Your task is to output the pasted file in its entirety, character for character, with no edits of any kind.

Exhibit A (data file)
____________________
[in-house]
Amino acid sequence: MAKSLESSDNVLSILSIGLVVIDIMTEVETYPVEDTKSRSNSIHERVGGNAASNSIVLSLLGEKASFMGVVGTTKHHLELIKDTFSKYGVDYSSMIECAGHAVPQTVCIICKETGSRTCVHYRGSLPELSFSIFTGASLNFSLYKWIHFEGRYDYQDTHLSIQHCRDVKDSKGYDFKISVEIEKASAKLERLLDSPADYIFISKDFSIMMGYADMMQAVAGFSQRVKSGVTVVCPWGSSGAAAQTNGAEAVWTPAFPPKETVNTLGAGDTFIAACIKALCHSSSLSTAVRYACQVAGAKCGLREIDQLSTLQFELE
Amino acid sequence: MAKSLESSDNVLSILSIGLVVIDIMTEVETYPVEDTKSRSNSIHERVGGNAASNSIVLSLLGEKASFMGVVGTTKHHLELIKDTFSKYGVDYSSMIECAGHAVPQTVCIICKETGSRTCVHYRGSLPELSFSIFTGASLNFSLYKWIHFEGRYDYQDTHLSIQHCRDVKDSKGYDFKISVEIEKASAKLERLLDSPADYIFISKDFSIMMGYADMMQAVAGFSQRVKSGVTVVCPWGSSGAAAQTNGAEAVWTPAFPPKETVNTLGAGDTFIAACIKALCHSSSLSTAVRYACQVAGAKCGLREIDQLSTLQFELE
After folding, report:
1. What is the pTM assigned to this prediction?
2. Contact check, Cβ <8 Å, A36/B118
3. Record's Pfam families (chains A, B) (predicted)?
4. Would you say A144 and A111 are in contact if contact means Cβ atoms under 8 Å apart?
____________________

[in-house]
Amino acid sequence: MAKSLESSDNVLSILSIGLVVIDIMTEVETYPVEDTKSRSNSIHERVGGNAASNSIVLSLLGEKASFMGVVGTTKHHLELIKDTFSKYGVDYSSMIECAGHAVPQTVCIICKETGSRTCVHYRGSLPELSFSIFTGASLNFSLYKWIHFEGRYDYQDTHLSIQHCRDVKDSKGYDFKISVEIEKASAKLERLLDSPADYIFISKDFSIMMGYADMMQAVAGFSQRVKSGVTVVCPWGSSGAAAQTNGAEAVWTPAFPPKETVNTLGAGDTFIAACIKALCHSSSLSTAVRYACQVAGAKCGLREIDQLSTLQFELE
Amino acid sequence: MAKSLESSDNVLSILSIGLVVIDIMTEVETYPVEDTKSRSNSIHERVGGNAASNSIVLSLLGEKASFMGVVGTTKHHLELIKDTFSKYGVDYSSMIECAGHAVPQTVCIICKETGSRTCVHYRGSLPELSFSIFTGASLNFSLYKWIHFEGRYDYQDTHLSIQHCRDVKDSKGYDFKISVEIEKASAKLERLLDSPADYIFISKDFSIMMGYADMMQAVAGFSQRVKSGVTVVCPWGSSGAAAQTNGAEAVWTPAFPPKETVNTLGAGDTFIAACIKALCHSSSLSTAVRYACQVAGAKCGLREIDQLSTLQFELE
After folding, report:
1. What is the pTM assigned to this prediction?
2. Contact check, Cβ <8 Å, A36/B118
3. Record's Pfam families (chains A, B) (predicted)?
4. Would you say A144 and A111 are in contact if contact means Cβ atoms under 8 Å apart?